The road climbs up hill and the land becomes more and more exposed until you reach the lighthouse, built be the Stevenson family in the 1830’s. I’m highly recommending this part of the route, just to see the sheer 300ft cliffs that drop into the Pentland Firth. With a large seabird population and the disused world war buildings that protected Scapa Flow it’s a fascinating stop. You can see right across to the island of Stromma, Hoy and Orkney mainland and if it’s a clear day you can also spot Cape Wrath and Duncansby Head. You’ll likely also see a lot of cyclists and hikers who have completed the whole south to north route. You might spot them later too…
You can visit the lovely little town of Thurso, although we only had a quick stop off for sausage roll! Scotland’s most northern town is full of quirky independant shops, flower baskets and pretty buildings. I’ll need to make a return visit.
Castle Mey was the next stop off and I strolled around the enchanting fruit and veg garden. This supplied what was the holiday home of the Queen Mother, who saved it from ruin after she spotted it and fell for its charm while in mourning for her husband. Having renovated the beautiful castle back to it’s former glory it’s held Visit Scotland’s top accolade of 5 stars ever since. There is an excellent cafe, gift shop and tours of the castle available too.
John ‘O’ Groats is a place I’d been hearing about for as long as I could remember. I must admit I was a little disappointed. It was very touristy, there were stickers everywhere from people feeling the need to “leave their mark” and the gift shops were, dare I say it, a little tacky. I found a gem though, Flavours ice cream shop sold some really delicious ice cream. I stood and waiting my turn for the obligatory selfie at the sign while the cyclists and hikers (!) posed with their champagne and banners, and thought about how it would be possible to keep a place like this special, without the crowds. I don’t suppose it is possible, a casualty of its own fame. I read that there have been improvements made. The new Natural Retreats Hotel looks lovely and adds another photo opportunity. And who can blame those cyclists and hikers, who have just travelled 876 miles from Lands End in Cornwall from doing a little celebrating. Two even got engaged! In the end we joined in and bought some souveniers from the gift shop. At least I can now say I’ve been there! I came away with two rather lovely little heilan coo teddies as well.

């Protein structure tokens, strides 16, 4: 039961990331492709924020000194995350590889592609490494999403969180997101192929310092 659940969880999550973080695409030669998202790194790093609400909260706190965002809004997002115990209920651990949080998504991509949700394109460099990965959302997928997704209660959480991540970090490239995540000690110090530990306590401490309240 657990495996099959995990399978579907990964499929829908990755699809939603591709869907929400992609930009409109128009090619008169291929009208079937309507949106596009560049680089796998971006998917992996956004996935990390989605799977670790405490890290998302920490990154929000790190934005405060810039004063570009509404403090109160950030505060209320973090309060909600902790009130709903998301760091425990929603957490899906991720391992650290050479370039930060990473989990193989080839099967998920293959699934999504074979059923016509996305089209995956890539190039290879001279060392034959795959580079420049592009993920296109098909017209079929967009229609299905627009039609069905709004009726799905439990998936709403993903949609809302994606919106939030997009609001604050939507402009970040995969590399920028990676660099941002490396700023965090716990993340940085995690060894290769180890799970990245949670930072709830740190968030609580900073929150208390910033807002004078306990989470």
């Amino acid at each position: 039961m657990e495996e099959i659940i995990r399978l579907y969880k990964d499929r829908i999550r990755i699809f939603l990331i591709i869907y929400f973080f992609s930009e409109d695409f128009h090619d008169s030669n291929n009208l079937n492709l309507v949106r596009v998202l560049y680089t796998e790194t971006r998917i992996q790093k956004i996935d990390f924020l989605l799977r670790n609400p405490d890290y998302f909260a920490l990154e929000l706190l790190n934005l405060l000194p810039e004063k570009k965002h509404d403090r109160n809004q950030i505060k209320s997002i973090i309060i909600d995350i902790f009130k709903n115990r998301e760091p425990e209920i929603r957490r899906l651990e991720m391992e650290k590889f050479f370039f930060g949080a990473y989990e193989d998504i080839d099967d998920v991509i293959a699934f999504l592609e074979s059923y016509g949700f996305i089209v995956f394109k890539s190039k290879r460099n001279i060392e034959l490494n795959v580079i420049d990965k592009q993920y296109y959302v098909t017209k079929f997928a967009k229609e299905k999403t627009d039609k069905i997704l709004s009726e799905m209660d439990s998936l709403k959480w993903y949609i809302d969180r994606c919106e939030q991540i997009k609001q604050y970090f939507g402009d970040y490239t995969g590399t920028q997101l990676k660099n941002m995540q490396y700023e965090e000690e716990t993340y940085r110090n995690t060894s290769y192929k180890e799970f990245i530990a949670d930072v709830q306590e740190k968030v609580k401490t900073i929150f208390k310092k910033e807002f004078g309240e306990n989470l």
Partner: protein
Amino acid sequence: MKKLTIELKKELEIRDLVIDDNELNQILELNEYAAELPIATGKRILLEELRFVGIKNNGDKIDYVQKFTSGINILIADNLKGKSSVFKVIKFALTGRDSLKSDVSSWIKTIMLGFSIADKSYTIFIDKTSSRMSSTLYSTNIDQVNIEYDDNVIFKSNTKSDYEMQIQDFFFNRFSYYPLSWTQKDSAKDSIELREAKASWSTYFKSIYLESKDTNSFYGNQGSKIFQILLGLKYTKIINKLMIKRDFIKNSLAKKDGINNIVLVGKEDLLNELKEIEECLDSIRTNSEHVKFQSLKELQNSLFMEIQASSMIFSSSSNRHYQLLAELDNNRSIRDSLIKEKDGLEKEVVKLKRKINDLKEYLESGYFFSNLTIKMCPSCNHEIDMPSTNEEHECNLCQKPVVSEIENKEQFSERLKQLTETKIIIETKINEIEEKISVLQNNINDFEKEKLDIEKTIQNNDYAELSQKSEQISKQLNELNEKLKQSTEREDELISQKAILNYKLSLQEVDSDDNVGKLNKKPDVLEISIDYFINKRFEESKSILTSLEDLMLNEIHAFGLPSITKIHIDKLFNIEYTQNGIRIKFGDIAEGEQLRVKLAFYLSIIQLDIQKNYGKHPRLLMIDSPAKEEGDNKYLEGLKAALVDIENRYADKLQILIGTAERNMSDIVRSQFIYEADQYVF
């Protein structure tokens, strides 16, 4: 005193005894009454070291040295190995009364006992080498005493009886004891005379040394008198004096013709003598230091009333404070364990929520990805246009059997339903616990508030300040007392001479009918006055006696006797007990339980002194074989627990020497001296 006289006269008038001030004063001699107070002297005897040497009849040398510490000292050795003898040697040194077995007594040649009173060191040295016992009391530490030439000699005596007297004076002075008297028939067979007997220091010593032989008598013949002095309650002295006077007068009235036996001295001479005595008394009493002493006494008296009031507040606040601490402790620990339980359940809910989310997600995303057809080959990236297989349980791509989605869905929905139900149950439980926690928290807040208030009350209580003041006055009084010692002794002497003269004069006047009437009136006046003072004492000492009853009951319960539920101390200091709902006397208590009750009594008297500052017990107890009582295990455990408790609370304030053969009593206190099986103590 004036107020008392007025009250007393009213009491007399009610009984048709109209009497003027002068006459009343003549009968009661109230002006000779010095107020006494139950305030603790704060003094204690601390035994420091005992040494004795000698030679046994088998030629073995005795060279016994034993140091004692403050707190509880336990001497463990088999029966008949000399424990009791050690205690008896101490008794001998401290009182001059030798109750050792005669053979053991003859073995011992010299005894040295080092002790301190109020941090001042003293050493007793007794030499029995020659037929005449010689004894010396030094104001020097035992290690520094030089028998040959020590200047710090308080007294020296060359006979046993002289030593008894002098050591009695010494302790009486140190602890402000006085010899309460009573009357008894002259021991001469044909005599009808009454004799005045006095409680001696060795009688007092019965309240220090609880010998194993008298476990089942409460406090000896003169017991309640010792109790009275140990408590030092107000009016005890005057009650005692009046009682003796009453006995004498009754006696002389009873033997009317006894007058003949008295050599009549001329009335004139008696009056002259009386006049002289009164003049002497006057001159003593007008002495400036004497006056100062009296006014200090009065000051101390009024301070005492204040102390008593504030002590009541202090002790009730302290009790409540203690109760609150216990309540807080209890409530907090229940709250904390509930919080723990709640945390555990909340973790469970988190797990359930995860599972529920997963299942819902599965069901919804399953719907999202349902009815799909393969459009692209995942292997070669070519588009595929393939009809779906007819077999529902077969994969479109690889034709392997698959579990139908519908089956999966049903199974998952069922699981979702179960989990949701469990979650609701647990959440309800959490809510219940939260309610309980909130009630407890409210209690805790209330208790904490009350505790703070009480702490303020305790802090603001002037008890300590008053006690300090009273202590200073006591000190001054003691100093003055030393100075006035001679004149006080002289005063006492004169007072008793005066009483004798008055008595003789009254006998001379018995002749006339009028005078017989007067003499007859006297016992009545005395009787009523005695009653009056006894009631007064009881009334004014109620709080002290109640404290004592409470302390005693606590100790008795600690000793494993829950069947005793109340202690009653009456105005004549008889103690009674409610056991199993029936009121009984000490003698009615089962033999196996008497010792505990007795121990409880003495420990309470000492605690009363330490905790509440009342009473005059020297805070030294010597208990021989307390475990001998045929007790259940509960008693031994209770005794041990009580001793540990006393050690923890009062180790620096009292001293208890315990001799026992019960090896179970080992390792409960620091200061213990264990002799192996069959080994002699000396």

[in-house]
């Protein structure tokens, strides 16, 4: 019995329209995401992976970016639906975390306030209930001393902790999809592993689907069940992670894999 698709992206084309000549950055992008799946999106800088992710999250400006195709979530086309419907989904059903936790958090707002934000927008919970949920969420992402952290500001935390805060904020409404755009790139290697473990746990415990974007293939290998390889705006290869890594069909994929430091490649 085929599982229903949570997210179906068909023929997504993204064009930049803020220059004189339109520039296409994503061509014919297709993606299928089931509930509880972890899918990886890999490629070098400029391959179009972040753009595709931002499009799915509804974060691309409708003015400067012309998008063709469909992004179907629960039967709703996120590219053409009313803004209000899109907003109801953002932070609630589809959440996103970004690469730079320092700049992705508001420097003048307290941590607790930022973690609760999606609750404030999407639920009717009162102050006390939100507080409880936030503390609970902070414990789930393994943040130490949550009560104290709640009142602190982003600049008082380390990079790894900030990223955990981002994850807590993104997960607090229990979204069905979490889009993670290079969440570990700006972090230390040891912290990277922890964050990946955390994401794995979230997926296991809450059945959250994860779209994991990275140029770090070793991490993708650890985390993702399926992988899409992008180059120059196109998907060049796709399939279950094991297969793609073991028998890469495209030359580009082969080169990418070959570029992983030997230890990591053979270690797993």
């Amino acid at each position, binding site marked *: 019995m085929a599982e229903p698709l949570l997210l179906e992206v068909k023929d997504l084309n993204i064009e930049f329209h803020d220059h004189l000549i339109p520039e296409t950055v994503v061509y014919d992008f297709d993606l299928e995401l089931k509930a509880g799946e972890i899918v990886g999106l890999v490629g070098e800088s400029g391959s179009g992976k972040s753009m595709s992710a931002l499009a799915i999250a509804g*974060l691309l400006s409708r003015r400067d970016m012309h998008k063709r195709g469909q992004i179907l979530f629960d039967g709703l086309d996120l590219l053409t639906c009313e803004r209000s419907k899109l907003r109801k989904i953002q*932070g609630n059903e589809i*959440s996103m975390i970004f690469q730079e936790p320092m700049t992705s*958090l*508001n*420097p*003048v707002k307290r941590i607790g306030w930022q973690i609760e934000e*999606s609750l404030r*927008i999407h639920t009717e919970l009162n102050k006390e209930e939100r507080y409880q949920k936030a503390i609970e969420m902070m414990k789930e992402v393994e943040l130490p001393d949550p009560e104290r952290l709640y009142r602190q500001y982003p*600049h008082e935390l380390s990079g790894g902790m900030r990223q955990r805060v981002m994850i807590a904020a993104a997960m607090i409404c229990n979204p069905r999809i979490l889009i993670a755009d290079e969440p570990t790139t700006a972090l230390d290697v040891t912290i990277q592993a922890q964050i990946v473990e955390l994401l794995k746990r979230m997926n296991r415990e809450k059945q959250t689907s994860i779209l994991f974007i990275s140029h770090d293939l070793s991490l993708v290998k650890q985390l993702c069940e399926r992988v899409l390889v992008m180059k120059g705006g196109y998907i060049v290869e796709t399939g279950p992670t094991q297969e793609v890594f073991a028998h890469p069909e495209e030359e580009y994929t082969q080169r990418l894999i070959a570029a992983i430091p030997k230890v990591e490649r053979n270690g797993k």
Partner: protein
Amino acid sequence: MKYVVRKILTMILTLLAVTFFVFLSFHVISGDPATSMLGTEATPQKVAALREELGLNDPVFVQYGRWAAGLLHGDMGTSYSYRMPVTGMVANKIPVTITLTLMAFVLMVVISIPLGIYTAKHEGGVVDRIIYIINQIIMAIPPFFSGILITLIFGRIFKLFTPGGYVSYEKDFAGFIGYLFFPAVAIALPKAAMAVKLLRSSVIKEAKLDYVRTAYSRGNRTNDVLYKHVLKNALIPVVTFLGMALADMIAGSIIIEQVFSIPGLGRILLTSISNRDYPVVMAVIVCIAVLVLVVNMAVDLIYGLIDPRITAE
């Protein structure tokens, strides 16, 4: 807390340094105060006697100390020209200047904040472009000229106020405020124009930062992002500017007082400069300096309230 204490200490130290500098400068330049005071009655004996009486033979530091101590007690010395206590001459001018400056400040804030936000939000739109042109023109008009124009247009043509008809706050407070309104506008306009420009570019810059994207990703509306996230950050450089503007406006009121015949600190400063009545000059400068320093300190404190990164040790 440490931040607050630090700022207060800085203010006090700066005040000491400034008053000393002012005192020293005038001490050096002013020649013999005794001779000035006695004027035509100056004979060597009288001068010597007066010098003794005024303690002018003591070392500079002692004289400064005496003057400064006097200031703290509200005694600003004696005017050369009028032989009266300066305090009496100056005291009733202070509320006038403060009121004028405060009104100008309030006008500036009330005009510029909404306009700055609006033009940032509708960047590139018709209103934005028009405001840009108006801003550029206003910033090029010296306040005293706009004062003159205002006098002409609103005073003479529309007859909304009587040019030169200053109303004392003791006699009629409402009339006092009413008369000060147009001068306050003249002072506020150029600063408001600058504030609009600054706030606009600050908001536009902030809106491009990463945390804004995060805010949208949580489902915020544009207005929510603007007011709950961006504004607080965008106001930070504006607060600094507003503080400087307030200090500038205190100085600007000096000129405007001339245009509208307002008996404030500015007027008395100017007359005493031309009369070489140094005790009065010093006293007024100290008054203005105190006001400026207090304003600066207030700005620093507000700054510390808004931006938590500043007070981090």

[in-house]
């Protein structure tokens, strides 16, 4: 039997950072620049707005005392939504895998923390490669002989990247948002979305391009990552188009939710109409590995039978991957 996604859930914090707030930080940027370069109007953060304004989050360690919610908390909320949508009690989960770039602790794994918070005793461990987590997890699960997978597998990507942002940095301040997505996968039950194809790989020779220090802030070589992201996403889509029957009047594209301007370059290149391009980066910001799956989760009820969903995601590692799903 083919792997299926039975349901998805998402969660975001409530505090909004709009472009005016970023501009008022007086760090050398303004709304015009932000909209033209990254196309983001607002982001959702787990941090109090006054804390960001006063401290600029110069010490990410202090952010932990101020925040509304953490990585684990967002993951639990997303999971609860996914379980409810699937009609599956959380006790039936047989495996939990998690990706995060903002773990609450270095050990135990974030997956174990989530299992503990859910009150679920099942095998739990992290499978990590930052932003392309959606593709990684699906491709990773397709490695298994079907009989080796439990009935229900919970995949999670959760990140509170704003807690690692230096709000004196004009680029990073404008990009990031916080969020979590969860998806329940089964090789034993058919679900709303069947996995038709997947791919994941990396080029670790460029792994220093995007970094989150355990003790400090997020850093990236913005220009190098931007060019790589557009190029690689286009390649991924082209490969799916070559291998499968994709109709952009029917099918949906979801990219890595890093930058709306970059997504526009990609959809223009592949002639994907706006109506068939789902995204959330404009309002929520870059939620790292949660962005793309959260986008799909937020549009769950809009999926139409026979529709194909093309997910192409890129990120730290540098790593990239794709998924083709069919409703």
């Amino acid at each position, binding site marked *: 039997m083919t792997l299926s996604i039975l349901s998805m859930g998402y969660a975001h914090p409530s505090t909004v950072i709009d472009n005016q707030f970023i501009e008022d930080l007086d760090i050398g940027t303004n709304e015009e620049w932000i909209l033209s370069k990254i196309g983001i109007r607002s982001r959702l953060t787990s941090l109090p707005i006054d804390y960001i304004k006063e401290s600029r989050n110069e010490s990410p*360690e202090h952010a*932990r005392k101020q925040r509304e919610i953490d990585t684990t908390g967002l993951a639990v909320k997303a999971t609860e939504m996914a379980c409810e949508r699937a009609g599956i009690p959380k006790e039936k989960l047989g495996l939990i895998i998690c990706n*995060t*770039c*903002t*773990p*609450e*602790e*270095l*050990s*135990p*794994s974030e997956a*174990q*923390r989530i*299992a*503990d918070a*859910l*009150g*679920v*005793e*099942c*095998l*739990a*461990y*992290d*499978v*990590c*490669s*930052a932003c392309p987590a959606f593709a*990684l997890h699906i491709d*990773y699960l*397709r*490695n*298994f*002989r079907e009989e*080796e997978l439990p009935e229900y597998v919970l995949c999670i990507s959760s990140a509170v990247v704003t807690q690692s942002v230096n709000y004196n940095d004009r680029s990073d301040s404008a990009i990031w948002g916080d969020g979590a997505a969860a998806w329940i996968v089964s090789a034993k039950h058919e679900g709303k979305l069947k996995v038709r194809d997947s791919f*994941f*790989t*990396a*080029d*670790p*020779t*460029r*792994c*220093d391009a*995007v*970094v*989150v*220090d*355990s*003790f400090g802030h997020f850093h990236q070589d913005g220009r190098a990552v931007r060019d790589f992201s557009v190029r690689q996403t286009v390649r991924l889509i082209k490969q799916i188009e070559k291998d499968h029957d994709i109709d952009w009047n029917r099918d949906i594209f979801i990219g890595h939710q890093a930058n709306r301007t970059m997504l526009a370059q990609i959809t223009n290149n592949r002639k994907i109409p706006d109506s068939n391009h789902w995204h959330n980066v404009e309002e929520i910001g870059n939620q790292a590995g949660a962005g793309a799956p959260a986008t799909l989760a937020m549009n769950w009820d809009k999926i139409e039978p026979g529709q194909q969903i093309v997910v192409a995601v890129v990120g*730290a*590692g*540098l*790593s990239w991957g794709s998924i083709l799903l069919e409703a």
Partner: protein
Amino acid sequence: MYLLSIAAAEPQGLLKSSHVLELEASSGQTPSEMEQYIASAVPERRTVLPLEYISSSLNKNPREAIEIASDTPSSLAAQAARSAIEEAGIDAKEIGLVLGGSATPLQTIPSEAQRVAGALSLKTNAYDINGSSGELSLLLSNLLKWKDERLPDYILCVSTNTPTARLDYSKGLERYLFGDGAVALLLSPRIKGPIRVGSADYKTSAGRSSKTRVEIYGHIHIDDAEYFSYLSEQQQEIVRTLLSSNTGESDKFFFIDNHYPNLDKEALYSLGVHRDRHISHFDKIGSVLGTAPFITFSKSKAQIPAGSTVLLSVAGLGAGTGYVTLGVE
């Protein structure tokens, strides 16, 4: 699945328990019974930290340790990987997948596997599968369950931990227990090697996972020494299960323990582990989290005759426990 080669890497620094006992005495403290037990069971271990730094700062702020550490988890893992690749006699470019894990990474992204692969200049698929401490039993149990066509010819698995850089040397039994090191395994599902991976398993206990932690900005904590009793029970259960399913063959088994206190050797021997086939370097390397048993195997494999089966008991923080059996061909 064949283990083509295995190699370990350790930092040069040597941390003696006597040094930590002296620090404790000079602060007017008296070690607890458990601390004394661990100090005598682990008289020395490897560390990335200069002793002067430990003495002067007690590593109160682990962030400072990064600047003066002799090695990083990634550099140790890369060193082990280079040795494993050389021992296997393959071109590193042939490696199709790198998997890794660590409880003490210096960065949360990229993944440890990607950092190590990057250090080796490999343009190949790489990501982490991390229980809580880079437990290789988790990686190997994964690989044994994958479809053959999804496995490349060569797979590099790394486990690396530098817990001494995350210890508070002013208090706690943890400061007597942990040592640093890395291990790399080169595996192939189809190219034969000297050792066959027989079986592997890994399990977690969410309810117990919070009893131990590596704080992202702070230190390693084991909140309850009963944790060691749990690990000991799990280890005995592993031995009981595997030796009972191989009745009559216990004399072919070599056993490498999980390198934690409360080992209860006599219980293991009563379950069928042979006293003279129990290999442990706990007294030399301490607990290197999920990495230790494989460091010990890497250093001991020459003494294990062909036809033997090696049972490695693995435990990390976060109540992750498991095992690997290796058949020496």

Flavours Ice Cream Parlour is in John O Groats beside the famous sign. It serves up amazing Capaldi ice creams in a huge variety of flavours, in a huge variety of cones. It’s colourful and bright and the kids will love it!
We booked a wigwam through Wigwam holidays and stayed near Wick in Bower Wigwams (so many W’s!). Just a small site on farm land belonging to a wonderful couple who have made every effort to make their guests comfortable. There are two wigwams and a lodge and the couple have a large modern extension on their house giving guests a brand new shower, bathroom and kitchen. With fresh eggs from their own chickens waiting in the fridge! Our home for the night had a tv this time as it was a larger one than the wigwams we stayed in in Gairloch. I admit though that I spent most of the evening enjoying the sunset outside and watching the calves in the field
You can read about the other sections of my North Coast diary here.